Leading the project for Phase 1 was Betsy Hanrahan who also served as its web developer, creating the HTML templates for the 354 lexias, re-creating the 2001 links found in the work, and developing all of the scripting for the project. Kathleen Zoller developed the content for all lexias and served as the project’s documentarian. Dave Sabrowski was brought in toward the end of the project to assist with all aspects of the code. Holly Slocum, the lab’s Project Manager, designed the interface and implemented the CSS. Sarah West was also brought in later in the project to provide assistance with the production of most of the images. Greg Philbrook, the lab’s technical assistant, shared his expertise with the web development and ensured needed technical resources. Dene Grigar, the lab’s Director, provided historical and cultural insights into the work and led the overall conceptualization of the migration.

Changes to Figurski
Translating Figurski into a new format two decades after its initial release required many decisions for changes to the original. These fall into four areas: Visual, Navigational, Functional, and Textual. 

Visual Changes
One of the first decisions related to developing the interface design was determining how close to the original our Classic mode could be, particularly since Storyspace was designed for authoring hypertext literary works before web browsers were available with built in affordances for creating works as well as a recognizable visual aesthetic of nodes and links. [1] Because current web languages do make it possible to capture a semblanceof the original, we opted to re-create the visual design of Version 3.0. One of the main differences remains the Toolbar, which differs greatly in the new version for both modes.

The second decision focused on the way in which the Contemporary mode would update the visual style of the original. In this regard, because contemporary audiences, influenced as they are by video games and streaming media, are accustomed to highly visual environments, we optimized the original art for higher resolution displays and added backgrounds to lexias that followed Holeton’s conventions for organizing the narrative––namely characters, places, and artifacts.

Finally, it also was clear from the outset that because the work was being recreated anew for a contemporary audience, the landing page for the project site would sport a contemporary design while also channeling aspects of the earlier Figurski style, such as the emphasis on the pig highlighted on the jewel case of the CD-ROM (and that figures in the central plot of the story). Additionally, becauseFigurski is an absurdist novel that pokes fun at counter-culture elements of the 1990s, the design retains a psychedelic aesthetic that features saturated colors and swirling motifs. Used throughout as backgrounds in the Contemporary mode, they provide a consistency for the work across its 354 lexias. It also made sense to provide links on the landing page to both modes so that readers could determine which one to follow; more importantly, the design also includes the ability for readers to switch at any time in their reading between the two modes so as to compare them.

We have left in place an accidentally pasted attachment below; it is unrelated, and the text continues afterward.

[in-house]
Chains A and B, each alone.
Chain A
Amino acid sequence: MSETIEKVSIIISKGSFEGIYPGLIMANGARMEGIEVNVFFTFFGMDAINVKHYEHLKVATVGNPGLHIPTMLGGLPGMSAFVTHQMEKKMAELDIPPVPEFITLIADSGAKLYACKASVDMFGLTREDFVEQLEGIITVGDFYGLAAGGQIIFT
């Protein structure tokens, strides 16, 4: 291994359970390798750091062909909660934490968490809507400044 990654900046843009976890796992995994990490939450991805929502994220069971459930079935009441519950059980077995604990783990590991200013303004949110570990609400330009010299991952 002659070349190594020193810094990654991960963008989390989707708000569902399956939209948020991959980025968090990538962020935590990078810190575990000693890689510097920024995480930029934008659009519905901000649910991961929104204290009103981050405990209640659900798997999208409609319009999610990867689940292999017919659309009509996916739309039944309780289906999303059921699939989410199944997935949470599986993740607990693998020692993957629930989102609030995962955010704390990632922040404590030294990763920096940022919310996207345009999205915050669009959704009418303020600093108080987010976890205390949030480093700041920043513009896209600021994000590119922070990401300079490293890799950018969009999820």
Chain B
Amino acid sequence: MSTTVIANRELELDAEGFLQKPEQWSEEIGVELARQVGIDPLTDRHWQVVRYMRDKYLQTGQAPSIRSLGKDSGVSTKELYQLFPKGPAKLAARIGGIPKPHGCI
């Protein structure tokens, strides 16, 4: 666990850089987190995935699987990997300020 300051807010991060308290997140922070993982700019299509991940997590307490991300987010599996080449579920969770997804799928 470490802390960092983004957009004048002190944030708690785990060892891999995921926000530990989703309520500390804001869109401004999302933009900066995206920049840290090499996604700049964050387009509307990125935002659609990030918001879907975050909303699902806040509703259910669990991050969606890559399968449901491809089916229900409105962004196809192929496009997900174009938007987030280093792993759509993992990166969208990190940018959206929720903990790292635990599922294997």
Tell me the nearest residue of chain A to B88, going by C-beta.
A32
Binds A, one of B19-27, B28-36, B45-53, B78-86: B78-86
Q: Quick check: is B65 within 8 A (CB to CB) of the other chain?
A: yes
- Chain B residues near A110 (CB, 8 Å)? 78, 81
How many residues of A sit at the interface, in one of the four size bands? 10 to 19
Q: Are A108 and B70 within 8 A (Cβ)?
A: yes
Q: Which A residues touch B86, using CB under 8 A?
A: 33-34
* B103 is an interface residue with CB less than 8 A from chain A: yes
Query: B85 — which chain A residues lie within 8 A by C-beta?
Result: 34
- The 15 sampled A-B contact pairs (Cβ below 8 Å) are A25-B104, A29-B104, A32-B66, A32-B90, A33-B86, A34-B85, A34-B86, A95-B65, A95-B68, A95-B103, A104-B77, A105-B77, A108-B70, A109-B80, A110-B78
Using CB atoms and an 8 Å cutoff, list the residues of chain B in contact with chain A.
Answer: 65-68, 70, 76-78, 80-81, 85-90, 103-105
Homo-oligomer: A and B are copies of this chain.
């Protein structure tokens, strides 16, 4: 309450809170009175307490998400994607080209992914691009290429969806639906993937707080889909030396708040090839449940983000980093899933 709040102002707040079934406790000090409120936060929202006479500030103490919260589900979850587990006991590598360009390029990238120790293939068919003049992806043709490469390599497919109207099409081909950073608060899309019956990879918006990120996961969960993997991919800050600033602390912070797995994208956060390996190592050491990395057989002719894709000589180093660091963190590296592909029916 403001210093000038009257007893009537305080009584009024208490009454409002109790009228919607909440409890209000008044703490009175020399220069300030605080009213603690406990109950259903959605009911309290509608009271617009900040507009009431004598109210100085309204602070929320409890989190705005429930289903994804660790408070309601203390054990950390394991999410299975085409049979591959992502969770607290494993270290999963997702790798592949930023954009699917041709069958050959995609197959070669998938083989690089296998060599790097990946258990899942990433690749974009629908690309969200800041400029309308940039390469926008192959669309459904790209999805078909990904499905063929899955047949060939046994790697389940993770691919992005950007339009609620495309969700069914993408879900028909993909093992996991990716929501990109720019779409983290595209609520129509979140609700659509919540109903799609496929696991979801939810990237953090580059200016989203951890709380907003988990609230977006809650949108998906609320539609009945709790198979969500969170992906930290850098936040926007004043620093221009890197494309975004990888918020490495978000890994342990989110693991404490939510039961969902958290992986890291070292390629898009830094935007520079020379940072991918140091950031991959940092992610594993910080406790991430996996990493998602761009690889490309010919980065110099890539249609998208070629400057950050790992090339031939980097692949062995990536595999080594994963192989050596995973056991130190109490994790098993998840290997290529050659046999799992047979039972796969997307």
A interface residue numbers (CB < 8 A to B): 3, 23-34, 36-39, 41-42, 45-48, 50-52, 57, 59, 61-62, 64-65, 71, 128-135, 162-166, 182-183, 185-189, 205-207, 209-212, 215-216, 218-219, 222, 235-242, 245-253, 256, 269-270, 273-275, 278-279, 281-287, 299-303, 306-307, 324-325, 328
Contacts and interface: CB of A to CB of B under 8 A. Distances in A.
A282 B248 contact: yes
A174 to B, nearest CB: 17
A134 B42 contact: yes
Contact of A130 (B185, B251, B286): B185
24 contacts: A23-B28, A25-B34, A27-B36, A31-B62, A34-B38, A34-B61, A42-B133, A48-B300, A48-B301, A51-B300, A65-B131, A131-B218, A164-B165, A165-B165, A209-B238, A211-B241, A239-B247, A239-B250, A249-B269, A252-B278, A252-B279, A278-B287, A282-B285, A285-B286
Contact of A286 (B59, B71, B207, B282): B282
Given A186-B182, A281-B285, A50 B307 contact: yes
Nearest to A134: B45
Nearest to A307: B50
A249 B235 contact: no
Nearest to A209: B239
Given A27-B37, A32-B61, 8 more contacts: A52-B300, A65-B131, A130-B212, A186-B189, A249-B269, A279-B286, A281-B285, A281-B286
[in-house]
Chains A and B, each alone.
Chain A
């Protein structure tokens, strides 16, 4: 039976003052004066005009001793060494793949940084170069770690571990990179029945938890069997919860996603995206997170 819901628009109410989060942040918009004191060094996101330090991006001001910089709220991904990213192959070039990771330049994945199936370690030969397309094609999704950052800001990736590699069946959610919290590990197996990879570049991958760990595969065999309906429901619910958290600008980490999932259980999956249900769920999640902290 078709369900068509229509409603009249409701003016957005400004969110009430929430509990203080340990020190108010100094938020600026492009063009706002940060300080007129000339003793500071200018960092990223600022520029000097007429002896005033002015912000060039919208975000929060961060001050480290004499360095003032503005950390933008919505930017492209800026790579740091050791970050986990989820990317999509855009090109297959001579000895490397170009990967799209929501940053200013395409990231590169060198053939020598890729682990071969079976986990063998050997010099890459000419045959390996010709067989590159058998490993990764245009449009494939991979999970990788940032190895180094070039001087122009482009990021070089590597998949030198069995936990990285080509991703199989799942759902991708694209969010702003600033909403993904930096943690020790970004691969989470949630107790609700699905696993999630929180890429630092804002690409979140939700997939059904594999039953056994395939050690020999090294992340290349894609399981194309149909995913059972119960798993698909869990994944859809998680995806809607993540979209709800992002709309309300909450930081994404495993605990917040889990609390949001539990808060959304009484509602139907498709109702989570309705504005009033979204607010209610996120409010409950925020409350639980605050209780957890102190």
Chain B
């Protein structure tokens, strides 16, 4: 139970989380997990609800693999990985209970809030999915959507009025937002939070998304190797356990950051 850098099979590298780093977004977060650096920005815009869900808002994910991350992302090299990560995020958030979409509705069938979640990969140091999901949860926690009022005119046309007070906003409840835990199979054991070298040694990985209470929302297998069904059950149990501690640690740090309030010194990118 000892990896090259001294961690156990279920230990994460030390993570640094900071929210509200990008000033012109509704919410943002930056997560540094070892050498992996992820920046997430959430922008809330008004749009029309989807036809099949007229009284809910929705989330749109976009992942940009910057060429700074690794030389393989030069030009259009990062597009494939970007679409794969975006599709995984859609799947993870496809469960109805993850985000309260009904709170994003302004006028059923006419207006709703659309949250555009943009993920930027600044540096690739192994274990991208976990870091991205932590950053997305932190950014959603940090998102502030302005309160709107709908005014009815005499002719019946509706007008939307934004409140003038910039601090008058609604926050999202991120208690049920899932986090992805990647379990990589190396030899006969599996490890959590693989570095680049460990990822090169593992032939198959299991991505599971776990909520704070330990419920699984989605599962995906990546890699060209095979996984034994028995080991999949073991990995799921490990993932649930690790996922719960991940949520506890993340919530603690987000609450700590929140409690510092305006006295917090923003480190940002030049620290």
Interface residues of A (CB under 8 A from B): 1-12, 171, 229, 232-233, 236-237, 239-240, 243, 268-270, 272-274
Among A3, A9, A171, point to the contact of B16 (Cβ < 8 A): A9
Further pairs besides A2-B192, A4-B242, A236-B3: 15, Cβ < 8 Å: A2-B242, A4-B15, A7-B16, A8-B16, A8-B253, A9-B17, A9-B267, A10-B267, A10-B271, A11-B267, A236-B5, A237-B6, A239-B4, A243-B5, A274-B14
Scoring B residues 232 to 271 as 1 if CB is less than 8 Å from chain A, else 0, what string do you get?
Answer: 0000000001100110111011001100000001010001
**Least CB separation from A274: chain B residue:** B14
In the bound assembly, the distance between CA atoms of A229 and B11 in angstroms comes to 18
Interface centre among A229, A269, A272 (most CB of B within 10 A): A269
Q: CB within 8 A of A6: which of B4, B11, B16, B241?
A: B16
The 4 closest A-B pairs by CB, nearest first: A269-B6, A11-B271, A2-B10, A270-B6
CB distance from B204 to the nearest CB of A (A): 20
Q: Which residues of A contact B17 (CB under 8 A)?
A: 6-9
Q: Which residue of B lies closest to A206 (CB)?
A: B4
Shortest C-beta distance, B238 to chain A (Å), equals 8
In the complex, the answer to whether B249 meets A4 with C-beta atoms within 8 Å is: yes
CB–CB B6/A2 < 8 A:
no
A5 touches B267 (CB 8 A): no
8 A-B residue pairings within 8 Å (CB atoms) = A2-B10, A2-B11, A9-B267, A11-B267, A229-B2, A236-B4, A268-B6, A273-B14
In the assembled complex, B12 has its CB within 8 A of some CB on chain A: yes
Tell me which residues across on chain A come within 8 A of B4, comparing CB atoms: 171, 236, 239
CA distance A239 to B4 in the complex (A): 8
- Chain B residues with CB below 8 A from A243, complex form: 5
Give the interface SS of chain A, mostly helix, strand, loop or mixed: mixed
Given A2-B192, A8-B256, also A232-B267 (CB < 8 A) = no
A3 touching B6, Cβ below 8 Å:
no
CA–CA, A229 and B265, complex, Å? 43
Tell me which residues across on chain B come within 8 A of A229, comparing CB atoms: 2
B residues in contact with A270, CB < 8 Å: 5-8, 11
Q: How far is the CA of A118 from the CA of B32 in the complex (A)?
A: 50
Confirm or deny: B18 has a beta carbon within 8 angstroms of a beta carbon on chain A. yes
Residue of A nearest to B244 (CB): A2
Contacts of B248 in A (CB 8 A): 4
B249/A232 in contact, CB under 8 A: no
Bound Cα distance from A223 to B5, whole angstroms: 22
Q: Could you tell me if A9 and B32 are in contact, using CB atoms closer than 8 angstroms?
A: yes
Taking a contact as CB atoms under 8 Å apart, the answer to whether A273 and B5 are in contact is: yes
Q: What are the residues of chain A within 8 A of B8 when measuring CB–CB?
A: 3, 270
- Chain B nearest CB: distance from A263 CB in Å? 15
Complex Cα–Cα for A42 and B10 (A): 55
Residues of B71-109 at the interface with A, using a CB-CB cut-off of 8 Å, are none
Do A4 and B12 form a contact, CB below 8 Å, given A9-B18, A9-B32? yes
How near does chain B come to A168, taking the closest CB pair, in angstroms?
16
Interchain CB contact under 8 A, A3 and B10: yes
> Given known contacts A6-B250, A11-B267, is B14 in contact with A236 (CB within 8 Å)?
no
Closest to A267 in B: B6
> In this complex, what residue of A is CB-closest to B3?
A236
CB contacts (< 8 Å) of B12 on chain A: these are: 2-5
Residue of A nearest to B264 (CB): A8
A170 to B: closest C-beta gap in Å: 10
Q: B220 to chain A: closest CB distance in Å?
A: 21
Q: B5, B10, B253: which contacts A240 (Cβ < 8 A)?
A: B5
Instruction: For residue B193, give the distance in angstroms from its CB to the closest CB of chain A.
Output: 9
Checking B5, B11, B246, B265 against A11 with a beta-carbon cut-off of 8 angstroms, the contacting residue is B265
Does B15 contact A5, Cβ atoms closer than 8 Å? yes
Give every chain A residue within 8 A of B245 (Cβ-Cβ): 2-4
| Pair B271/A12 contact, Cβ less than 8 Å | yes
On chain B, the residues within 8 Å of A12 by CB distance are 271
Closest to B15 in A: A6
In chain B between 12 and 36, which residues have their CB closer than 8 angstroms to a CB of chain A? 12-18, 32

One additional challenge was selecting fonts for the translation. The importance of fonts in early interactive media cannot be overstated. The ability to include full color images was limited by constraints to display and storage. This meant that much of the media produced was textual, with images themselves rendered as ASCII art comprised of a specific number of fixed-width characters. Figurski, published during the period when multimedia was becoming more robust, does indeed include images. At the same time its fonts had been purposely selected for specific parts of the novel in a way that helped to differentiate story sections and, so, play an important role in its design.

Unlike other hypertexts published by Eastgate Systems, Inc., such as Kathryn Cramer’s “In Small & Large Pieces” or Diane Greco’s “Cyborg: Engineering the Body Electric” that bundle special fonts with the works, however, Figurski utilizes typefaces common to Apple computers of the time. This design strategy was a boon for determining fonts for the new version. The Classic mode could retain the serif proportional font, New York, used in the canonical version, and include Georgia, a serif font created in 1993 for the Microsoft Corporation, for computers running Windows. Likewise, the monospaced font, Monaco, could be retained for the lexias associated with the “Holodeck” as they were for the original; Consolas, another monospaced font, was selected for Windows computers for those lexias. [2] Additionally, the monospaced font Courier, which had originally been introduced in 1955 for IBM typewriters and has become a staple of computers, including Macintoshes, could be used for the “Terminal.” Several other san-serif fonts could be brought over for Figurski’s“Map” and “Notes.”